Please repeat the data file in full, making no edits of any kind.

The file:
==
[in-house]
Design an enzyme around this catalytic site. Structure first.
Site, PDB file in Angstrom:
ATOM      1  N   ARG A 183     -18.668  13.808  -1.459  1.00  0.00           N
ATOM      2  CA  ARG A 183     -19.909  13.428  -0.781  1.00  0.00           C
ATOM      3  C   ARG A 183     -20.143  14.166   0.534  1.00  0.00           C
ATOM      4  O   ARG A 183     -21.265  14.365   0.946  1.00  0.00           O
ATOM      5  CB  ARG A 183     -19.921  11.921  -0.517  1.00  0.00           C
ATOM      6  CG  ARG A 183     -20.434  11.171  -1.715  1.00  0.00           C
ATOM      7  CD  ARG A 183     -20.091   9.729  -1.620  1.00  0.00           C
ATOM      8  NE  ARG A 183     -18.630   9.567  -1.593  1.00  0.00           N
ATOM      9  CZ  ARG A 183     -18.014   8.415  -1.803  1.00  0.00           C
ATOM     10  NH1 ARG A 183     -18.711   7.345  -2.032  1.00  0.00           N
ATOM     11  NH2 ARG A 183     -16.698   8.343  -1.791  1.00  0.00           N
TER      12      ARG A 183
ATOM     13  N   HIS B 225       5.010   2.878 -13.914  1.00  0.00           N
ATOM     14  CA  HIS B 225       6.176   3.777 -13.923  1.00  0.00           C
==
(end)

[in-house]
Design an enzyme around this catalytic site. Structure first.
Site, PDB file in Angstrom:
ATOM      1  N   ARG A 183     -18.668  13.808  -1.459  1.00  0.00           N
ATOM      2  CA  ARG A 183     -19.909  13.428  -0.781  1.00  0.00           C
ATOM      3  C   ARG A 183     -20.143  14.166   0.534  1.00  0.00           C
ATOM      4  O   ARG A 183     -21.265  14.365   0.946  1.00  0.00           O
ATOM      5  CB  ARG A 183     -19.921  11.921  -0.517  1.00  0.00           C
ATOM      6  CG  ARG A 183     -20.434  11.171  -1.715  1.00  0.00           C
ATOM      7  CD  ARG A 183     -20.091   9.729  -1.620  1.00  0.00           C
ATOM      8  NE  ARG A 183     -18.630   9.567  -1.593  1.00  0.00           N
ATOM      9  CZ  ARG A 183     -18.014   8.415  -1.803  1.00  0.00           C
ATOM     10  NH1 ARG A 183     -18.711   7.345  -2.032  1.00  0.00           N
ATOM     11  NH2 ARG A 183     -16.698   8.343  -1.791  1.00  0.00           N
TER      12      ARG A 183
ATOM     13  N   HIS B 225       5.010   2.878 -13.914  1.00  0.00           N
ATOM     14  CA  HIS B 225       6.176   3.777 -13.923  1.00  0.00           C